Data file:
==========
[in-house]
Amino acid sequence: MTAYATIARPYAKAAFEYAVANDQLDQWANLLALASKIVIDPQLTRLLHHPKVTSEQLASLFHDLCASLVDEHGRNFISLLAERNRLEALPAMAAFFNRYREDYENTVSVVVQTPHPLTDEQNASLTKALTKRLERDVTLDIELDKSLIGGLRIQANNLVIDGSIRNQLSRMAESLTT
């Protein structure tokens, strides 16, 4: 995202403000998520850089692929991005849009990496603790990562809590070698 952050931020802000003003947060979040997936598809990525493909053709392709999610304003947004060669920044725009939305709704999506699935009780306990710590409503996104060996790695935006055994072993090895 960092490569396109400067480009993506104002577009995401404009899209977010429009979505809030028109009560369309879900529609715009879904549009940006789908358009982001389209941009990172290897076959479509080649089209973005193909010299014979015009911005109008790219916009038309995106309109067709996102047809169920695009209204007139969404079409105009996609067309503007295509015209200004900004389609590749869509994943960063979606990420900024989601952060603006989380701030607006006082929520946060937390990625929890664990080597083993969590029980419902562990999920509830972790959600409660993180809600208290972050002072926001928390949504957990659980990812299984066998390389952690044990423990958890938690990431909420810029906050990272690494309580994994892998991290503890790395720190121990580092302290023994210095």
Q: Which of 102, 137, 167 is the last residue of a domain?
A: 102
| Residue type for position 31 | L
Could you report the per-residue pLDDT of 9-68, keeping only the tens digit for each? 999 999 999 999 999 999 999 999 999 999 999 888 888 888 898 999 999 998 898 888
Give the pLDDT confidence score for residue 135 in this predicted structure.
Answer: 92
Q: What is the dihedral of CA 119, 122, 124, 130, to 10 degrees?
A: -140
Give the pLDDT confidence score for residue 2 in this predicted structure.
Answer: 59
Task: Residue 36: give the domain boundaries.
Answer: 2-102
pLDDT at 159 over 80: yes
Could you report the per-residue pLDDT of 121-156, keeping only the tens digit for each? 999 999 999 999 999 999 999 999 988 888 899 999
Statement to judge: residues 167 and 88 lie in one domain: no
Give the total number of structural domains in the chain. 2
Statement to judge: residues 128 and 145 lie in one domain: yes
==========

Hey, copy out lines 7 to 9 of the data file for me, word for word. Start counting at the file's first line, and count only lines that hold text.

Could you report the per-residue pLDDT of 9-68, keeping only the tens digit for each? 999 999 999 999 999 999 999 999 999 999 999 888 888 888 898 999 999 998 898 888
Give the pLDDT confidence score for residue 135 in this predicted structure.
Answer: 92